Jarrow: History in Old Images

Grange Road Jarrow early 1900s

Enjoy a glimpse of history through old images of Jarrow, Tyne & Wear, in North East England, UK.

Old Jarrow Streets

Want a clearer view?Click on the top half of the old photo to see it in a larger format:

St. Bede

There has been a settlement at Jarrow at least since the 8th century, when the early Christian monk and scholar Bede lived here. His monastery was dissolved under Henry VIII in the 16th century.

Old Images of Jarrow’s Religious Sites

Click on the top half of these old pictures and photos of religious sites from Jarrow’s past to see a larger version of the image:

Jarrow’s Roman Catholic Pilgrimage 1935

In 1935, more than 50,000 Roman Catholics made a pilgrimage through Jarrow, marking the death of the Venerable St. Bede 1,200 years before. It took two hours for the procession to pass through the local streets, observed by crowds of spectators.

The bodies involved included the Catholic Guild, women’s organisations, the Children of Mary, Sisters of Charity, Sisters of Mercy, monks, and even a delegation of Cardinals, led by the Archbishop of Westminster (Dr. Arthur Hinsley:1865–1943) and the Archbishop of Liverpool (Dr. Richard Downey:1881—1953).

This newsreel includes a glimpse of the streets behind the field close to the monastery.

Pilgrimage To Jarrow (1935) – – British Pathé on YouTube

Jarrow’s Jutland Day Parade 1933

The largest sea battle of the First World War, involving 250 ships and around 100,000 men, took place over two days from 31 May 1916, at Jutland.

The British lost 14 ships and over 6,000 men, and the Germans lost 11 ships and over 2,500 men.

British control of the North Sea was maintained for the rest of the war.

Sailors and veterans marched through Jarrow’s streets in 1933, to attend a church memorial service to their fallen comrades.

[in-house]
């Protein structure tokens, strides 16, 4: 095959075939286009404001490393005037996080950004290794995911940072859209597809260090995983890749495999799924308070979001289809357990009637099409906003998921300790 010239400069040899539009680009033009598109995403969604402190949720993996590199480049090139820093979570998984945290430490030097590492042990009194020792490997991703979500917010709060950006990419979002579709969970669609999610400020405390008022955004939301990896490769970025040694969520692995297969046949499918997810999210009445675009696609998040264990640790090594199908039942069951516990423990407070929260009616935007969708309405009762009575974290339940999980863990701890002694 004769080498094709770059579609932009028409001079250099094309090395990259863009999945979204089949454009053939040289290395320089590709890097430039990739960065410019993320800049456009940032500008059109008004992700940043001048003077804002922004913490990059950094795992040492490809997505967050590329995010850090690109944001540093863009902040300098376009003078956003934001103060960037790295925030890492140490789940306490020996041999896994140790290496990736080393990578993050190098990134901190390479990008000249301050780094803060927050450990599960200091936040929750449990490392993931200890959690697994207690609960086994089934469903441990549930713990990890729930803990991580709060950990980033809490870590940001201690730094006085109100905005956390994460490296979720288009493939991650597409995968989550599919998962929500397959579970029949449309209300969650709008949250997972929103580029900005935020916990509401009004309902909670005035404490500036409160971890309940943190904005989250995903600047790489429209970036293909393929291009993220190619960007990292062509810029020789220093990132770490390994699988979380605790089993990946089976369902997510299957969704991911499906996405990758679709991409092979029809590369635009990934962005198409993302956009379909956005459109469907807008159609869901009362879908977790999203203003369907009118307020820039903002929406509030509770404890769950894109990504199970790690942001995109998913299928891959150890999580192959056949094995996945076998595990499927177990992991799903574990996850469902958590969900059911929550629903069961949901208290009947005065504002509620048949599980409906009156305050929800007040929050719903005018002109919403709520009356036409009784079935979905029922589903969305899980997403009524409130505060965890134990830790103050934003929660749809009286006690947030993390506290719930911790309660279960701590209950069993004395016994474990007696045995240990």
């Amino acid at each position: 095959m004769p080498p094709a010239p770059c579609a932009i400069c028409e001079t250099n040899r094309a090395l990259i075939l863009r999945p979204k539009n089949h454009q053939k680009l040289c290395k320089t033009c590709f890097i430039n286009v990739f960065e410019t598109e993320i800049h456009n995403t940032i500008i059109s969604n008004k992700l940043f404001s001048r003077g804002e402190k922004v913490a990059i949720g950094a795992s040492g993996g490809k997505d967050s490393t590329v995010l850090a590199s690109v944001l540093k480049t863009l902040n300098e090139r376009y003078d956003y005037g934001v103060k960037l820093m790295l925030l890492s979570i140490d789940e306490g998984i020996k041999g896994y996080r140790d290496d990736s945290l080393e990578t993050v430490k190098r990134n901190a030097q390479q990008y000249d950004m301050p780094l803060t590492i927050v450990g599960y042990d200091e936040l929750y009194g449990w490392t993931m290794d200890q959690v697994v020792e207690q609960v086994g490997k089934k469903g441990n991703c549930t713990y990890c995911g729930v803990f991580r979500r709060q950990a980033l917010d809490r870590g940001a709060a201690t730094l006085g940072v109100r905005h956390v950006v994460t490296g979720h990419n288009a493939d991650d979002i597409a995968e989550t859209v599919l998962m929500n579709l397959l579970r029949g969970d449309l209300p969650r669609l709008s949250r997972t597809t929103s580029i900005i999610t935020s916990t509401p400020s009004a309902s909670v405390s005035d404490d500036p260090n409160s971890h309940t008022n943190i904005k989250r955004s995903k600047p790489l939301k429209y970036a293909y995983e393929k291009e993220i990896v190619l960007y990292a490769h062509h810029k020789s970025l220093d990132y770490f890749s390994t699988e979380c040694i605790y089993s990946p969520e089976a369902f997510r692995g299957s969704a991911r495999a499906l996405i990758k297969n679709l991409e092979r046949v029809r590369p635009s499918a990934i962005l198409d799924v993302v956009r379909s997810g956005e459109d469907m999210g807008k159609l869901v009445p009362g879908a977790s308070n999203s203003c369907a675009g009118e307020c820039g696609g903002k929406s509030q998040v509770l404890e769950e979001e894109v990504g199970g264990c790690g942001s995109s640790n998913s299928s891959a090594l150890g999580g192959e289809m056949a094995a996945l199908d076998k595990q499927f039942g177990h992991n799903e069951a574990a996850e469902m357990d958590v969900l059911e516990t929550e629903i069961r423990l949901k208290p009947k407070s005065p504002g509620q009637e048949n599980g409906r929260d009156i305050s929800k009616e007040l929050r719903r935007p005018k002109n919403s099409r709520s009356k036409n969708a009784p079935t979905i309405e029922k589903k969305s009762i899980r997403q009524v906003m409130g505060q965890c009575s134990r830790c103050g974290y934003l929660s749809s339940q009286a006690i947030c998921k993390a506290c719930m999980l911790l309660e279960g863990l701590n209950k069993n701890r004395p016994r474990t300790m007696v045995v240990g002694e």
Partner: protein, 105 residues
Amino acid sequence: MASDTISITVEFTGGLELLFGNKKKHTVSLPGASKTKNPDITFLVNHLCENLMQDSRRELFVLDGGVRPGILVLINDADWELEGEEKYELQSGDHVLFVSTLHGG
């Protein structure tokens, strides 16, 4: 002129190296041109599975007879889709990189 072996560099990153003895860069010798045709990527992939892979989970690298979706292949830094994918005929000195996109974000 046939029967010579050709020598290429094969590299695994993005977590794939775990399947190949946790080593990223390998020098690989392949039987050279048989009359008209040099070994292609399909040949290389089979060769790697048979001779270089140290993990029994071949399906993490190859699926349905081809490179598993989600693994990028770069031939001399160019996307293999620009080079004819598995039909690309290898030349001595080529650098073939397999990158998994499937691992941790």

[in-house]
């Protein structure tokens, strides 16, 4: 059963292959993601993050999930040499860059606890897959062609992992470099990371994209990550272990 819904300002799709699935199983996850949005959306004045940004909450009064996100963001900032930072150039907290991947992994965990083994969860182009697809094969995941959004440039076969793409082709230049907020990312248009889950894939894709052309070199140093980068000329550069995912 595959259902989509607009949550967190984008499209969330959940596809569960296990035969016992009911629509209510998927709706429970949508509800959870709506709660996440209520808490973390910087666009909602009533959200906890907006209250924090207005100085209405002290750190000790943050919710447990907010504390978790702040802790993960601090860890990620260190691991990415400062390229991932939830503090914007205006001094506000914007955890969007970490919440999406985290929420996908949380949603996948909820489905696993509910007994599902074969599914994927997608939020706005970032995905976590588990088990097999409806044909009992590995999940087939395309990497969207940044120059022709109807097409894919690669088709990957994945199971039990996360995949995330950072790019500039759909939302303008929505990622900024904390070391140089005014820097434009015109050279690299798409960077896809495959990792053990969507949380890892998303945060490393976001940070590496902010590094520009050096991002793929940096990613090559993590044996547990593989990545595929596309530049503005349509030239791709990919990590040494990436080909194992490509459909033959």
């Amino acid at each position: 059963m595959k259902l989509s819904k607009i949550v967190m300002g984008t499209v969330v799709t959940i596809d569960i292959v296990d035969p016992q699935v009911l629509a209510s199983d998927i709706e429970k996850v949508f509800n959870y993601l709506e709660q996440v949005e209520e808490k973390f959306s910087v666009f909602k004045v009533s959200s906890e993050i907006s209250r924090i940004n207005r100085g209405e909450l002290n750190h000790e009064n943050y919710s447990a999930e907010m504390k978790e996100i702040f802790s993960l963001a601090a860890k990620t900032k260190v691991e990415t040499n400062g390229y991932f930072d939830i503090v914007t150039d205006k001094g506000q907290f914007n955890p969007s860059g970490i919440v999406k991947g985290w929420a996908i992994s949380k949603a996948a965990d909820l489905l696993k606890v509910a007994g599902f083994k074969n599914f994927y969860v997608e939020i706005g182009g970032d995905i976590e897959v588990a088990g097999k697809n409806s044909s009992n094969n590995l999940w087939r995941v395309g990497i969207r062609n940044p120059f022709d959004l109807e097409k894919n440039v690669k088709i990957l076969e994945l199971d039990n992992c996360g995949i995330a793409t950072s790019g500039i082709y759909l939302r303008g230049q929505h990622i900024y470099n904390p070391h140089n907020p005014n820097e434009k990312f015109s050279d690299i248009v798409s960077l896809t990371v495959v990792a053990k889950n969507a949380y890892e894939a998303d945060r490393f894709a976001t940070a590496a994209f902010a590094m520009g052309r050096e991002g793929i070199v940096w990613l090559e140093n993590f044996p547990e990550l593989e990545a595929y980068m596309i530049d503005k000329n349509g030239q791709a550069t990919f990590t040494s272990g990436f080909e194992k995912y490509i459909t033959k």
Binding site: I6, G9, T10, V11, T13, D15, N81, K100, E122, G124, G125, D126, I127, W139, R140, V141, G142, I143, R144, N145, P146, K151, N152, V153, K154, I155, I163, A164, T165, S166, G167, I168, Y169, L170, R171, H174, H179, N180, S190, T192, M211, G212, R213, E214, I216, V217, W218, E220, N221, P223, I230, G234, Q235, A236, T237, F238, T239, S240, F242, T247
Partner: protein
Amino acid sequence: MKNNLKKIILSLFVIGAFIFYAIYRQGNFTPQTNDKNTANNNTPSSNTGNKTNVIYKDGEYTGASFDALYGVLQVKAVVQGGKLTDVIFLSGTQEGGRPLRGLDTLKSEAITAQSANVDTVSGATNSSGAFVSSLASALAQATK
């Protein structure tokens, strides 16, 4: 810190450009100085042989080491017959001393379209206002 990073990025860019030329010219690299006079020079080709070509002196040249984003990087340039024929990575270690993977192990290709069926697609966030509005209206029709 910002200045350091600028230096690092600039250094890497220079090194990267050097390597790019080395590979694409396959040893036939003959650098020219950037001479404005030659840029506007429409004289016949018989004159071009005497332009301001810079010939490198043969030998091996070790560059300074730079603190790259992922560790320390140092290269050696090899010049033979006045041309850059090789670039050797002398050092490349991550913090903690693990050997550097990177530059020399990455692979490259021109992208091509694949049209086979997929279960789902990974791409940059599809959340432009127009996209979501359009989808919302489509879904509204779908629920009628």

In Memory Of Fallen Comrades (1933) – British Pathé on YouTube

Jarrow’s Industrial Past

The coal industry boomed here in the 19th century, two centuries after it started, as the Industrial Revolution increased demand for fuel and developed ways to transport it at scale.

In 1851, Jarrow’s first shipyard opened. More than a thousand ships were to be made in the town over the next eight decades. But the end of the Great War, later known as the First World War, brought about a significant downturn in world trade conditions, government policies saw national unemployment running around 10% for much of the 1920s, and local industrial mismanagement was rife.

So in 1934, Palmer’s Shipyards, one of the town’s largest employers, announced its closure, planning replacement of the site as a modern steelworks plant. The employers’ organisation British Iron and Steel Federation had different plans for the future of the industry, helping to frustrate plans for the Jarrow site.

Living conditions had always been rough for Jarrow’s workers, but unemployment would increase the number of destitute families.

Old Images of Jarrow’s Industry

Click on the top half of these old pictures and photos of Jarrow’s industrial past to see a larger version of the image:

Jarrow’s Colony “Down South”

In 1935, some bright spark came up a novel solution to cure the woes of Jarrow’s unemployed men: send 1,200 of them down to form a colony on Bedfordshire farmland.

After years of unemployment, perhaps all the participants thought it was champion, but I notice we aren’t shown where the men and their families actually live.

The narrator’s tone is condescending, to put it mildly.

Twelve hundred Tyneside men placed on land in an experiment to aid distressed area (1935) – British Pathé on YouTube

Jarrow Park

West Park in Jarrow opened in 1876. In the Victorian era visitors could drink from the elegant water fountain, while the 1930s attraction for children was the paddling pool.

Click on the top half of these old photos of Jarrow Park to see a larger version of the image:

End of The Olympic 1935

In this newsreel from 1935, we see a few seconds of Jarrow as the crowds come out to see the arrival of the Olympic. The ship was to be broken up here at a cost of £100,000, bringing 18 months of work to the yard.

Olympic Brings Cheer To Jarrow – British Pathé on YouTube

The Famous Jarrow March

The British Communist Party set up the National Unemployed Workers’ Movement (NUWM) in 1921, organising ‘hunger marches’ to London in the 1920s and 20s, named after a march of London’s unemployed to Hyde Park in 1908.